Complete Disagreement With Mike on Monsters (see post #205)

pemerton

Legend
Dr. Awkward said:
I don't know about that. What if skills have been simplified to the point where you get two or three good ones, and then level-based defaults in all the other ones. If the centaur has his two or three good skills defined, and Rope Use isn't one of them, then you know exactly what its Rope Use skill is because the system defines it in terms of the centaur's level or hit dice, and there's a table that lists Rope Use for all Xth level characters of the centaur's type.
Maybe, but I sort of hope not. I think it would be good for the game - and in particular, for the flexibility of building NPCs and monsters - to divorce hit dice from some notion of skill/experience/prowess.

Thus, for PCs, I think that things will be as you say - a PC will have a few good skills, and the rest will default to a level-based bonus a la Star Wars Saga.

But for a monster, I hope it will be possible to have a creature with a high hit dice, and perhaps a few good skills, without that therefore defining a default leve/hit-dice based skill bonus for the creature. For example, a Troll or Minotaur should have a reasonable number of hit dice to reflect its size and toughness (the alternative is giving a very high Con, but at a certain point this becomes a bit inane, eg if Str is 25 but Con 80), and a good Survival skill bonus to reflect its ability to track and live in the wild, but shouldn't get the default skill bonuses that a PC of the same hit dice enjoys. In the case of the PC, that default bonus represents generic heroic capability - the monster having no such capability should not enjoy the bonus.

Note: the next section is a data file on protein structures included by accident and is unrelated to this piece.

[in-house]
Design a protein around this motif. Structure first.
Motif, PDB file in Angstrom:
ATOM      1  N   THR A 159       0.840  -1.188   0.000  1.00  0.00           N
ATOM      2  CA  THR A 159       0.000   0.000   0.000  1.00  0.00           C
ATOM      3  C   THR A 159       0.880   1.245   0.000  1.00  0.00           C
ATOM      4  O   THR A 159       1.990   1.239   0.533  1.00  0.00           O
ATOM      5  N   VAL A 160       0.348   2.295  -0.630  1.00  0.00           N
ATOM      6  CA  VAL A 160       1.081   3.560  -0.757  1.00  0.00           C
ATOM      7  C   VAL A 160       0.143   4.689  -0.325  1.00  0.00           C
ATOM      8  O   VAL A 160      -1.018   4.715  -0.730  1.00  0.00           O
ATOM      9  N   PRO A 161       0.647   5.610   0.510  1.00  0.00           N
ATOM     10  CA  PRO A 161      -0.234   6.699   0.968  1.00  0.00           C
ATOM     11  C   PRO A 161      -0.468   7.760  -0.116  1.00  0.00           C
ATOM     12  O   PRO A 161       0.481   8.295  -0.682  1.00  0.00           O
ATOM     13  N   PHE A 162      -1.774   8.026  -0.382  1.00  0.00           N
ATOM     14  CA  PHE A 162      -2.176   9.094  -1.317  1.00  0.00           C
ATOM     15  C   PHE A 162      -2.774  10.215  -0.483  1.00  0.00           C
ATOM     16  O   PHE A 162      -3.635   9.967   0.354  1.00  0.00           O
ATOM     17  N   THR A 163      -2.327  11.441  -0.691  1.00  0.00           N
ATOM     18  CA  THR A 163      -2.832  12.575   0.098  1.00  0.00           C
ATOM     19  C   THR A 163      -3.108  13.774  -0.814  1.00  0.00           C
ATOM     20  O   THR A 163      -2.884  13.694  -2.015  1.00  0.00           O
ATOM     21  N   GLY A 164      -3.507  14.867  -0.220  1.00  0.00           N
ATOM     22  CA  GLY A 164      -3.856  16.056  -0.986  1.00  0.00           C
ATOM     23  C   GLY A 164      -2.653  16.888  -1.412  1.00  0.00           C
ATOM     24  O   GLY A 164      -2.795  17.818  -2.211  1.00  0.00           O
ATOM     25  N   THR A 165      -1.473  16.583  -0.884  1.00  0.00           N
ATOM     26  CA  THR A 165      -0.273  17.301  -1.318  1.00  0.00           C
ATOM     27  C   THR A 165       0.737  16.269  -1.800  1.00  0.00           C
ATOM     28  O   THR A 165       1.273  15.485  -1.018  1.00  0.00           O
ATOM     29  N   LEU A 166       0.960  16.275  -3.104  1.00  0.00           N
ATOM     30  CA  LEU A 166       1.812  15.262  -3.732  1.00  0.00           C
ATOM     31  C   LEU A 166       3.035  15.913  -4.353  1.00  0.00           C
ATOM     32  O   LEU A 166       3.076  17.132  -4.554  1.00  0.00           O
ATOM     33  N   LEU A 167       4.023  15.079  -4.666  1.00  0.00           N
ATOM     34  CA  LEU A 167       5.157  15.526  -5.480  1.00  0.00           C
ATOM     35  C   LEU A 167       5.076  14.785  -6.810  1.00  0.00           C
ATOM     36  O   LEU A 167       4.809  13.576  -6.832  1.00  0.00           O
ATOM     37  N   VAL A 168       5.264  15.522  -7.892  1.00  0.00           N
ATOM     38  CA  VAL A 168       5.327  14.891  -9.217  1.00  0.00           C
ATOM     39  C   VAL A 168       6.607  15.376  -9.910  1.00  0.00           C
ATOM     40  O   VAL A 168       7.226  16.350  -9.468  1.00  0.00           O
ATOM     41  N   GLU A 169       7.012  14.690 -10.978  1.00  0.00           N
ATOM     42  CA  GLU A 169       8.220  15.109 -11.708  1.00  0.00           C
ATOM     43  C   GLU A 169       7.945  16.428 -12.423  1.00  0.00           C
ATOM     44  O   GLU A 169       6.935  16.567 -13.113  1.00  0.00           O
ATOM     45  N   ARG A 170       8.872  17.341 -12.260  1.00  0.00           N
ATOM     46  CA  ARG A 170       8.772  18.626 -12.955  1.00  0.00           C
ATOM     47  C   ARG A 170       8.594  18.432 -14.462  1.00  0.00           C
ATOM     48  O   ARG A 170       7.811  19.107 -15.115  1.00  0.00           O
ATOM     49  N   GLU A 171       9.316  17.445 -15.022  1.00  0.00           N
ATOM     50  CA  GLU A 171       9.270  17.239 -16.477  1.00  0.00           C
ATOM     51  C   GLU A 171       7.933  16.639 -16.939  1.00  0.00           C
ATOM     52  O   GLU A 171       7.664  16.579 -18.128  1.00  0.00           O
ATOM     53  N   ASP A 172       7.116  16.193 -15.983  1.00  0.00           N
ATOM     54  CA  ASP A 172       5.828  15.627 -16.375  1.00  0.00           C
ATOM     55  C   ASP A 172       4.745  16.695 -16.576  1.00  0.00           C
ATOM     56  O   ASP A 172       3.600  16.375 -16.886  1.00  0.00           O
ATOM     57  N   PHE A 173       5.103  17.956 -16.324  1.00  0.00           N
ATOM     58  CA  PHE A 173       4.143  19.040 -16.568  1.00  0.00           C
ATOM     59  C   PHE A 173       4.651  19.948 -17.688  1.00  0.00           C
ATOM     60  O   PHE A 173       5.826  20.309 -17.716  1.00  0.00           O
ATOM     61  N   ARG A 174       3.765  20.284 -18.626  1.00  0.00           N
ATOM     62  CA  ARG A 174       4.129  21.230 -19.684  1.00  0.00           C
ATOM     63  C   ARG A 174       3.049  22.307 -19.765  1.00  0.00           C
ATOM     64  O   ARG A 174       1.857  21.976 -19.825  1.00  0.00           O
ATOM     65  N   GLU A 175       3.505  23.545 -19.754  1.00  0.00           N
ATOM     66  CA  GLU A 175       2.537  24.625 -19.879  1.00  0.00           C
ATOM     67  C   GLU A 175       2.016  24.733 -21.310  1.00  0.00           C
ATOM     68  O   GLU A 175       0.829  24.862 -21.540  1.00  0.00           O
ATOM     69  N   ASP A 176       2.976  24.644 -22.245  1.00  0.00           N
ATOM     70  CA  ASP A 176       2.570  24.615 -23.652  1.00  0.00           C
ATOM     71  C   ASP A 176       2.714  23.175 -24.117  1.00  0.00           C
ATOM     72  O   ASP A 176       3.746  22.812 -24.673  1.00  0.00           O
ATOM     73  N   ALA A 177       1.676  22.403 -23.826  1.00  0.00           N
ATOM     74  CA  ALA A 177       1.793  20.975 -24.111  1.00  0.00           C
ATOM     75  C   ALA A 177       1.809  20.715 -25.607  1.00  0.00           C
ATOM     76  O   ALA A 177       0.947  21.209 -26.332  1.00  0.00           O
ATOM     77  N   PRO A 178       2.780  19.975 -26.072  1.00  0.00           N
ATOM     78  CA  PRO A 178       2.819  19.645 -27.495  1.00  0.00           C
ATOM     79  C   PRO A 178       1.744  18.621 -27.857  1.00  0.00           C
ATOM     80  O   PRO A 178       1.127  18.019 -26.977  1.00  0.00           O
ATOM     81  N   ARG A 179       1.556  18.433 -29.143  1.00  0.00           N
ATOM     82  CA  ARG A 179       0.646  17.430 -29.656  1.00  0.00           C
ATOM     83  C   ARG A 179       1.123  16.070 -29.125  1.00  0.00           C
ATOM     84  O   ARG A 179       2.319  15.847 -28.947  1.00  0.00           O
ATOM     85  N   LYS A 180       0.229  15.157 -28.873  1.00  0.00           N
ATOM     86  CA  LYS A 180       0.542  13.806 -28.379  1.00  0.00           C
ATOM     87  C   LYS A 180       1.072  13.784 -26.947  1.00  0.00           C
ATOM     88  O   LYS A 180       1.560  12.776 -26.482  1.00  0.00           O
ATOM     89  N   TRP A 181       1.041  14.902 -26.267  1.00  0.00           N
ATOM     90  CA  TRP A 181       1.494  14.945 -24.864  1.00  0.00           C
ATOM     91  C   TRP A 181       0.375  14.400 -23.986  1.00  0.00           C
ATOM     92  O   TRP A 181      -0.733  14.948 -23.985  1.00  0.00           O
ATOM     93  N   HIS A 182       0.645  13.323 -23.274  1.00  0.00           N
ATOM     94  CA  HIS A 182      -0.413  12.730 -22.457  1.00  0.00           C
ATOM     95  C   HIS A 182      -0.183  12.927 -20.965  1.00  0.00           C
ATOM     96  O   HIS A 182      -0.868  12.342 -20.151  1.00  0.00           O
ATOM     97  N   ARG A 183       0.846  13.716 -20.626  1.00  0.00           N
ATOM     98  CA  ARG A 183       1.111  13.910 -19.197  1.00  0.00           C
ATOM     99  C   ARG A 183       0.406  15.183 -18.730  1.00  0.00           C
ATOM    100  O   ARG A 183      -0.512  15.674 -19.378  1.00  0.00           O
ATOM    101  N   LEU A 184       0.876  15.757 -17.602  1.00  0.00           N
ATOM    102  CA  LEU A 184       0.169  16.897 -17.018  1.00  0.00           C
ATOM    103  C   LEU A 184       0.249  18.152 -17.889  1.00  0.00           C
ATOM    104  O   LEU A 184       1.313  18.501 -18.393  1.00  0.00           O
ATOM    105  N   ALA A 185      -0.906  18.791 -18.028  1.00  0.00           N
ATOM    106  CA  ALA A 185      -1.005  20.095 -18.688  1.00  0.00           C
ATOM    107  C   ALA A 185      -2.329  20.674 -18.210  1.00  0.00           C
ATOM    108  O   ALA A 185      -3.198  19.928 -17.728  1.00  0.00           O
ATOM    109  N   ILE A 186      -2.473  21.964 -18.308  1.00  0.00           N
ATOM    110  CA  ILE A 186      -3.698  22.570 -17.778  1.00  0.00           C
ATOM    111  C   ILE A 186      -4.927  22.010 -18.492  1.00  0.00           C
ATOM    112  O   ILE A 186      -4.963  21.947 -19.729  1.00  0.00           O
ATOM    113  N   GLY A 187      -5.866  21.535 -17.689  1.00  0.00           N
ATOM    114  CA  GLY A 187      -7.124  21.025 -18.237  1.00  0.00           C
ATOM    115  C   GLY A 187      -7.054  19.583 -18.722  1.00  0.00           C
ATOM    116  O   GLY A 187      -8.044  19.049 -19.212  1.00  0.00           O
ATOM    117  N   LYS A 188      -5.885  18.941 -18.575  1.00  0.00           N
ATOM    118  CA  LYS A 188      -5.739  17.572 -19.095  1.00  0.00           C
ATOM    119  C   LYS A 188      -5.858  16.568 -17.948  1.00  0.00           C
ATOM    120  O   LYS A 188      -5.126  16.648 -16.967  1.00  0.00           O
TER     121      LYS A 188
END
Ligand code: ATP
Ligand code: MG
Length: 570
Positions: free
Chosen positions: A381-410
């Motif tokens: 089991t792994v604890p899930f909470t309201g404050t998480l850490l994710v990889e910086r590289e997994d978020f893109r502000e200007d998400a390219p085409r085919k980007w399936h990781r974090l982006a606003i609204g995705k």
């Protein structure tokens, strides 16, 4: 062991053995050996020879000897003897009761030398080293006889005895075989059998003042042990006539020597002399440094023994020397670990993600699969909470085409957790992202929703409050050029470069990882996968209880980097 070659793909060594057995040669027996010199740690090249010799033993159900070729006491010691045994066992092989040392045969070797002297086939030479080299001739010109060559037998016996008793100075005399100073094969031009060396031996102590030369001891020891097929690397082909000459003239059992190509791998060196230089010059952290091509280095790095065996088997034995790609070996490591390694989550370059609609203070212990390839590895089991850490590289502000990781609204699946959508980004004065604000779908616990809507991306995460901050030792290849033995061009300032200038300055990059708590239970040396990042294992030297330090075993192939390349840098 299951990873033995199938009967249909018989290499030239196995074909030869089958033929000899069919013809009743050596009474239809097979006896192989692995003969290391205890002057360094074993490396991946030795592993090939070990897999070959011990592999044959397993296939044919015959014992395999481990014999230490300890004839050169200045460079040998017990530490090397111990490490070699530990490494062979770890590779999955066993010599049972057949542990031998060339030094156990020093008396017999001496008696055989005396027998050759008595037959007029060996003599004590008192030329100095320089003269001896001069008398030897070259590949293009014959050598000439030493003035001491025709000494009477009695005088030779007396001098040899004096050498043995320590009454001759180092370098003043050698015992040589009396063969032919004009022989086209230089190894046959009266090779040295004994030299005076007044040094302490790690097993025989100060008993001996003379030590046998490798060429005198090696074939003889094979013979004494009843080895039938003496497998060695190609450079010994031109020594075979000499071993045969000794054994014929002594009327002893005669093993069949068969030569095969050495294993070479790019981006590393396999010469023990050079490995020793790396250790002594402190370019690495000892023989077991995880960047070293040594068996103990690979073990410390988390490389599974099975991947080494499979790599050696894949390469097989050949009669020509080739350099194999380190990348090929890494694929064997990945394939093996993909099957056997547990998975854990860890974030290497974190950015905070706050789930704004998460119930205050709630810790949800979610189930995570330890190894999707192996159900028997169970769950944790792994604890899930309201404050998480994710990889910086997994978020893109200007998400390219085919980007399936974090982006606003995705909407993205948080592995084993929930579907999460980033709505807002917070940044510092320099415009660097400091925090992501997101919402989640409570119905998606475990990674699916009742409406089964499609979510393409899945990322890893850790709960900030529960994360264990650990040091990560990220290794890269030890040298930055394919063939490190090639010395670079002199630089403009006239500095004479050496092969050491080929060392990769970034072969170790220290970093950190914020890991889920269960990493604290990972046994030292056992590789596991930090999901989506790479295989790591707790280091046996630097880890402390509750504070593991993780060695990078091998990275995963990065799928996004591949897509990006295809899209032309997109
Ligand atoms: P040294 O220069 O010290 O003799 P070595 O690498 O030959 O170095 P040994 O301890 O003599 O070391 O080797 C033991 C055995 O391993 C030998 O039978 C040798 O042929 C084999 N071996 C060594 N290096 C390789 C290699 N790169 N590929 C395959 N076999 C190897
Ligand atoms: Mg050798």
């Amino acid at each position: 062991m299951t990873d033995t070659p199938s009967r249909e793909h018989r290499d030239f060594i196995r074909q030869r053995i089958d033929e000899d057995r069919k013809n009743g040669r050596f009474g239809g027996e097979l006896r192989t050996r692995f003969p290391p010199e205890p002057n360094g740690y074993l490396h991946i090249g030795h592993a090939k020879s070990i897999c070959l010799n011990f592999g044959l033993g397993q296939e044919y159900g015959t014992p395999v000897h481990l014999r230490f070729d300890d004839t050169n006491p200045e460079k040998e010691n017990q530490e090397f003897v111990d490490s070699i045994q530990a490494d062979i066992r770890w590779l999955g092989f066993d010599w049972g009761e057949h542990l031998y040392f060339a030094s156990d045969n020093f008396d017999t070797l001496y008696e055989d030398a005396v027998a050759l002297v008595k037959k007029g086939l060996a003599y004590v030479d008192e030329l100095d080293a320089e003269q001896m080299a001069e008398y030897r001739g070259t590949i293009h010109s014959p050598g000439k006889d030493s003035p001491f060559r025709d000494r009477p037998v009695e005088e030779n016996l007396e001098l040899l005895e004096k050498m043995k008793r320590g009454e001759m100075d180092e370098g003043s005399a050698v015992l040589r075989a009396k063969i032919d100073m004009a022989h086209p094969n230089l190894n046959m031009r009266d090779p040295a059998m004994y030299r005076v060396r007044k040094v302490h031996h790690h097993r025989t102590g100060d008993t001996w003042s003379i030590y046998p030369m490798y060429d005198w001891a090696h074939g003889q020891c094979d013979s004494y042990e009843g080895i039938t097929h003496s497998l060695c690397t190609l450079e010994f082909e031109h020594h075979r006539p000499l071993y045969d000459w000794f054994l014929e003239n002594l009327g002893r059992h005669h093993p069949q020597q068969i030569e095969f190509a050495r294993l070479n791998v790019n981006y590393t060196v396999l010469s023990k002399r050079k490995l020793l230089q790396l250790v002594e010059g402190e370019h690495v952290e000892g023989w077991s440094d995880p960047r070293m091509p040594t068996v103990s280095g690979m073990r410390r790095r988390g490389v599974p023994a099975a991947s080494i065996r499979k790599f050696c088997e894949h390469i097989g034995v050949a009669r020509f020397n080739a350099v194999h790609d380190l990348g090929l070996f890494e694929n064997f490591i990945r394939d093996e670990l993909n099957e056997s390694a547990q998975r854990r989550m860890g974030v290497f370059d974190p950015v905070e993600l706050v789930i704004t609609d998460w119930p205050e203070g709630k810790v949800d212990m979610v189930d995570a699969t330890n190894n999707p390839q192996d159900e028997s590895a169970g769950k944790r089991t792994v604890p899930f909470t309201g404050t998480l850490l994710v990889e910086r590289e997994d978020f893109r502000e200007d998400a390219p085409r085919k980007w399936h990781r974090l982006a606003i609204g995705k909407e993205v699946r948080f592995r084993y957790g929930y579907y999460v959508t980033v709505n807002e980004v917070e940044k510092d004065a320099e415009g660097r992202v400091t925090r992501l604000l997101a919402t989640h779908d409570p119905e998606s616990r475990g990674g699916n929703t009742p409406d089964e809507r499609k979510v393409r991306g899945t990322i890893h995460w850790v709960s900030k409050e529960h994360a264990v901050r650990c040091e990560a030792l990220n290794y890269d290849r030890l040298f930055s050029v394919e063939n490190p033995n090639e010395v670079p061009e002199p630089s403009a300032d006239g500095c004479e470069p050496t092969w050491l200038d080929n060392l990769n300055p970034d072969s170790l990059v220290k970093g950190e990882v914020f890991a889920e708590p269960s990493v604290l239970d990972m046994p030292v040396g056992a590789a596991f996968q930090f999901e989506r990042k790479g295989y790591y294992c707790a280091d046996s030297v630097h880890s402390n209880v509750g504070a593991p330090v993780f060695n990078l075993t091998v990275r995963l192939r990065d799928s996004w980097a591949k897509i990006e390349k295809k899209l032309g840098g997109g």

As per my earlier post, however, that wouldn't mean that the GM couldn't give a particular Troll or Minotaur a particular skill bonus if that was appropriate for that monster (given it's in-game history, background etc and how that fits into the challenge the GM is trying to set for her or his players). What the rules then need to do is tell the GM how to calculate a challenge level/XP that corresponds to the skill bonus assigned.
 

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Hussar

Legend
Just to go back to the whole Monsters=Cthulu thing for a sec.

IMO, Mearl's wasn't referring to the flavour of monsters, but the comparison of monsters to PC's. In games like Mutants and Masterminds for example, the difference between the good guys and the bad guys are negligible from a mechanics standpoint. A superstrong bullet proof guy can be a hero or a villain.